They pursue their paths with full intention and meaning; at times, I envy them. What difference would it make to live one’s life every day knowing that everything he does is for a lofty purpose? For most, the answer is obvious, a lot. Some have easily figured out their purpose early in their lives. They’re the children of God. They belong to that group of elite individuals who do not need to struggle against life because everything’s cut out for them.

I know that knowing what all these are for, or at least coming up with a rationale for all these will make the daily struggle less of a drudgery and more of a worthy oblation.

But we are fooling who?

Writing requires more than a paper, a pen, and a bag full of irony.

Checking papers


The most difficult part of checking students’ written works is knowing where to begin followed by when to begin. Yes, the task calls for me to be unemotional and maintain that unaffected stance, but there are a few instances when I get swayed by a swell of powerful emotions, often good ones. And in some rare cases, bewilderment and it close relatives. Choosing the best words, strong but non-abrasive, used to be a challenge. However, after having done this for quite a time now, I learned to stop thinking about how the language of my comments will affect my students. Like white wine, critiques are best served chilled.

I cannot say I will finish checking all these before the next meeting, but I can try.

Two questions: negative capability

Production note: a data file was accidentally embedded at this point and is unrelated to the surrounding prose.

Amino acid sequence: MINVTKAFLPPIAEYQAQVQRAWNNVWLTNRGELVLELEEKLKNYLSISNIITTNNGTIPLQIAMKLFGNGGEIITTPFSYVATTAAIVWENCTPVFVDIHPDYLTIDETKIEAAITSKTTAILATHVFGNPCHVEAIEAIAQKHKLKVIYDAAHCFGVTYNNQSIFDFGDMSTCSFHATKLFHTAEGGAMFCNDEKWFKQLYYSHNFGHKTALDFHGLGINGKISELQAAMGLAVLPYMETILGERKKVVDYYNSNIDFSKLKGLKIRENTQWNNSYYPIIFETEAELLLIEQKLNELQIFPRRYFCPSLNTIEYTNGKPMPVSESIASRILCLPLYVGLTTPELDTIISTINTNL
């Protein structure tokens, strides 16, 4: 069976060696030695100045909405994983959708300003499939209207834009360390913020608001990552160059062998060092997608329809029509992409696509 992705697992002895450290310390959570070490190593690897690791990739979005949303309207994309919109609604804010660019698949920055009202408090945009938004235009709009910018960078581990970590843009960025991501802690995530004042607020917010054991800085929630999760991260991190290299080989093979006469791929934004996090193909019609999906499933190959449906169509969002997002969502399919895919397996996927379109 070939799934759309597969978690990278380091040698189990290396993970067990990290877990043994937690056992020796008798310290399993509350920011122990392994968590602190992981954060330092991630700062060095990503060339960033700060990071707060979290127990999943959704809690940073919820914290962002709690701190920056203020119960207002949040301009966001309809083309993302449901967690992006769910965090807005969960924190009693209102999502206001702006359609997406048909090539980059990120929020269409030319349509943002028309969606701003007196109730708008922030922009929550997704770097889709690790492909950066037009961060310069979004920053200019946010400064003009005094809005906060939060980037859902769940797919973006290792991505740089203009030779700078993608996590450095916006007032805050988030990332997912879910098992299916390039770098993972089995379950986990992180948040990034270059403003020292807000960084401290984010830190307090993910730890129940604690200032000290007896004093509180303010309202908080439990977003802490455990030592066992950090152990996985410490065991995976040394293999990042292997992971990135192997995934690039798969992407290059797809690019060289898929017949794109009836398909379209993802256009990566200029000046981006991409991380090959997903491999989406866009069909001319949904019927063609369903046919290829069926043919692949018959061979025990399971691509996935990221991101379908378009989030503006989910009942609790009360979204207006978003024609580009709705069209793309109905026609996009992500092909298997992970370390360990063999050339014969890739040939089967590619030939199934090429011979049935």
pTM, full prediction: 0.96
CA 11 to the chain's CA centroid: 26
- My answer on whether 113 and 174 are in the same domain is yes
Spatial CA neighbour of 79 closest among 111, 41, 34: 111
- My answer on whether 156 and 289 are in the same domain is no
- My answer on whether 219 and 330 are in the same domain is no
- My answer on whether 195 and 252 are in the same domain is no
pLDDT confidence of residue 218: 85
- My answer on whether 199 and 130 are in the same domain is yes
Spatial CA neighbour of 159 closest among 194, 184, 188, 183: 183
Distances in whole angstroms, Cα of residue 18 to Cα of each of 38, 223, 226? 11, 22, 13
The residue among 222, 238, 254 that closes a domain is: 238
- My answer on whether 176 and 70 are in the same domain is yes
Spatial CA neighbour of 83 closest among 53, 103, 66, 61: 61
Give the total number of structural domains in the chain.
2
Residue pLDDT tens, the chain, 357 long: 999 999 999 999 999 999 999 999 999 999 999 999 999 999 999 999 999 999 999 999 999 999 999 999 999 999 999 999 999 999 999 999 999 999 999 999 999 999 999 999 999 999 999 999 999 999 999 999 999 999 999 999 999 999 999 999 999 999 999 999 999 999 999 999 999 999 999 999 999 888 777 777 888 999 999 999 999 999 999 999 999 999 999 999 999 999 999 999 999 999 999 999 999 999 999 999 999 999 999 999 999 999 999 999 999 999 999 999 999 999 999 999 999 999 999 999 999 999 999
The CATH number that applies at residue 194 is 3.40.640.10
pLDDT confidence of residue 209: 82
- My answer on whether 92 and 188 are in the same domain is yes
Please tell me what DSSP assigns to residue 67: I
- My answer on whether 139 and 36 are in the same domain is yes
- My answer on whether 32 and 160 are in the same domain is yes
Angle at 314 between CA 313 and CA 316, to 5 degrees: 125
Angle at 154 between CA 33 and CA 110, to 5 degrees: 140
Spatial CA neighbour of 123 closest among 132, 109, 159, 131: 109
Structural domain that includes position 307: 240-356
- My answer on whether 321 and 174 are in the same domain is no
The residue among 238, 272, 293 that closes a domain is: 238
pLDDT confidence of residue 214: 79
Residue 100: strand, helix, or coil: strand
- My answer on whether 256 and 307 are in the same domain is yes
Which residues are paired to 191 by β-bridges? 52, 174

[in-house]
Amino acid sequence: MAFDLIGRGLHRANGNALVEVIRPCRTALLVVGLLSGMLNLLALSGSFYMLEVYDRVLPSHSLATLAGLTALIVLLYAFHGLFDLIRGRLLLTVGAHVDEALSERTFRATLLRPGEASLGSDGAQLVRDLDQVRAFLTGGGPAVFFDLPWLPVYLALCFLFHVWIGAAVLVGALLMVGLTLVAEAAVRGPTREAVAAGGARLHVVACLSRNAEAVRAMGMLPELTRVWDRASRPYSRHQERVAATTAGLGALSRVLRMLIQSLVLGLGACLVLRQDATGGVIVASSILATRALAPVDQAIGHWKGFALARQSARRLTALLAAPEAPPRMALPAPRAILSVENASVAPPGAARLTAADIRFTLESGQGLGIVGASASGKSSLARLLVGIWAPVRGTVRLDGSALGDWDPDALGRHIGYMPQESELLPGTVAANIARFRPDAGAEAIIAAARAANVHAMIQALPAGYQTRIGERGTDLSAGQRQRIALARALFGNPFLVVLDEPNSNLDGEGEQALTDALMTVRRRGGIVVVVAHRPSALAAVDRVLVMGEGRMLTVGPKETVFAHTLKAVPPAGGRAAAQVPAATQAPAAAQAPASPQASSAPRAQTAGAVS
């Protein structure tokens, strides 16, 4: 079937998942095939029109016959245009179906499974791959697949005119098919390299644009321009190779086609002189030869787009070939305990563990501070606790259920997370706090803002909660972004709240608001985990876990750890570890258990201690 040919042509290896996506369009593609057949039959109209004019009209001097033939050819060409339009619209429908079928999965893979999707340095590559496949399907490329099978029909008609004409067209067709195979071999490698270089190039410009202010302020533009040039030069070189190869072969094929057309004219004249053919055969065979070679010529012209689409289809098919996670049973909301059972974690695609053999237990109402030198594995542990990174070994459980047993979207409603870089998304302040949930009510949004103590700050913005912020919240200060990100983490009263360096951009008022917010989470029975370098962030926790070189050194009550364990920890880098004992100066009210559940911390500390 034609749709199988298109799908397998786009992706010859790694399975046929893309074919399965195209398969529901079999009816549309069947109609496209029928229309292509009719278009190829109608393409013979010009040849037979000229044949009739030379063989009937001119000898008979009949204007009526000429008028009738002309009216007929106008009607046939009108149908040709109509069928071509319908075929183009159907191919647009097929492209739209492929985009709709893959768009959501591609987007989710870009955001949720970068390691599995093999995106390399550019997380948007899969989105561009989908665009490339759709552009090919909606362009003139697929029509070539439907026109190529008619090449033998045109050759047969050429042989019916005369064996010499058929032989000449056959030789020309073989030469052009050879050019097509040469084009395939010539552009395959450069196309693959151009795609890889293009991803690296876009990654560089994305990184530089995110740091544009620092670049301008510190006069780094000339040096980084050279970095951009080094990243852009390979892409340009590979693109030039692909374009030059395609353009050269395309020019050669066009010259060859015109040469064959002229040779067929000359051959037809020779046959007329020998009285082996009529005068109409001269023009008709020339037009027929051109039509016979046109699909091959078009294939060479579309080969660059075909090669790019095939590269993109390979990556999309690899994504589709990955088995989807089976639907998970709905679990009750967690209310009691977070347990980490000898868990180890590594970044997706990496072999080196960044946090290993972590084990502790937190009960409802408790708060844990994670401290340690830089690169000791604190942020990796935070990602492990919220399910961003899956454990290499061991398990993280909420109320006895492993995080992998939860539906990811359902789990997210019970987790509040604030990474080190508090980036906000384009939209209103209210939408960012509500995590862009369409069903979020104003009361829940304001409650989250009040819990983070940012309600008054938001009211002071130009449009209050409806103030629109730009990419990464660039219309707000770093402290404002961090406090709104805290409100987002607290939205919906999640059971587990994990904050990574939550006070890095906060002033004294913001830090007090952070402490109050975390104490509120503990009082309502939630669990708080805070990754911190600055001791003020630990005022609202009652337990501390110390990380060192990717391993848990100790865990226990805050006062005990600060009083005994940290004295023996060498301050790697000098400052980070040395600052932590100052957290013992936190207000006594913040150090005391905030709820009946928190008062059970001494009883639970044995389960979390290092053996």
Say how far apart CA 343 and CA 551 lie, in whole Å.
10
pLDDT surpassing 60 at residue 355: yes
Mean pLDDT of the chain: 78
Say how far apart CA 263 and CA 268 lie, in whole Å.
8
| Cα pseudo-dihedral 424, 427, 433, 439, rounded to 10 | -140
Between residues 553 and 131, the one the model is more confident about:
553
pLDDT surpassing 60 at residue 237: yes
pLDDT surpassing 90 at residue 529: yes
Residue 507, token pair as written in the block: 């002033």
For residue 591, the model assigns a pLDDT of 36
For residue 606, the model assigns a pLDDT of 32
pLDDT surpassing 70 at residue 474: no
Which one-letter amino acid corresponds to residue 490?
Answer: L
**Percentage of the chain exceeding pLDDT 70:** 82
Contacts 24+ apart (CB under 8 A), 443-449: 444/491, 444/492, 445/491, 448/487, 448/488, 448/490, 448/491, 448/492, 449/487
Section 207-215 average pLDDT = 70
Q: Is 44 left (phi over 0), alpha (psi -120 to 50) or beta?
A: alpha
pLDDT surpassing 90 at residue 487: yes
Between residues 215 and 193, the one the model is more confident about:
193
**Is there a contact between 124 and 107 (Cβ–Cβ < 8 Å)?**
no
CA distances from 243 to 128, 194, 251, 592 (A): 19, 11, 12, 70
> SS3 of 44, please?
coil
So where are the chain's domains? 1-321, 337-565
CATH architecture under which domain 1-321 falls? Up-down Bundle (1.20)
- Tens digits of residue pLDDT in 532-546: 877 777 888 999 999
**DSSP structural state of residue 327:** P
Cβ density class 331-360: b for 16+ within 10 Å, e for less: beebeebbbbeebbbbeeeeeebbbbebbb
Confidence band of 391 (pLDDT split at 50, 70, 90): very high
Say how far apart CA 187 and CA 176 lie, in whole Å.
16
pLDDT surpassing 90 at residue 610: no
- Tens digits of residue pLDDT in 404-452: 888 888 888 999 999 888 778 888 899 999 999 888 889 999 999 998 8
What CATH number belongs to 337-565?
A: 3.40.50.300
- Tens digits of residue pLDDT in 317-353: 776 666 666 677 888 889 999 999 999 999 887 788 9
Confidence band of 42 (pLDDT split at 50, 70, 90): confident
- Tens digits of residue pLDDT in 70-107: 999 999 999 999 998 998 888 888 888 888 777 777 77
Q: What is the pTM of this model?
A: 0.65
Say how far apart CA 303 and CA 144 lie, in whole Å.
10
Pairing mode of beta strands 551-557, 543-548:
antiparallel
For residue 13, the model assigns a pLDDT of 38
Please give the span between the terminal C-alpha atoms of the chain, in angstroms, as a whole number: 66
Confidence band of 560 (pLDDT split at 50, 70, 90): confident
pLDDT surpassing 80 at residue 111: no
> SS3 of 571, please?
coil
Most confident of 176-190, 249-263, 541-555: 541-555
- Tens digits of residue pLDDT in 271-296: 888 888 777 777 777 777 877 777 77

From a rumination while drinking beer on a hot afternoon:

It often comes rather late to an artist, writer, or to anyone who sees himself to be either or both, that the decision to be any (or both) is a disconcerting choice. In the end, consumers of an artistic production matter less because the production of a piece of art or writing anchors less on what the reader thinks than the artist’s. After all, the reader has long considered him dead, so might as well return the favor and do a piece of art or write as if the reader is as dead.

This graphic story by Linda Barry aptly captures this problem.







On old posts

I do not disown them, but as you reread old posts written three years ago, let me give you a disclaimer: they were my thoughts years ago. Then. Some are kept as they are aspects of my core that years gone by simply cannot erase; most, however, were a product of immature thinking. And who I am now, fortunately, is not exactly the same man who wrote those three years ago. Often I cringe while reading a couple of them. I had been careless logically, philosophically, grammatically. And it does not mean I have ceased committing similar mistakes, although I have been more aware of them now. Whereas before I generalized because I wanted the world to be neat and all the parts placed in their definite compartments, now I still generalize but without the contempt. I have been more forgiving, more reflective, and I care less about the unimportant (those vexations to the spirit).

I’ll still write.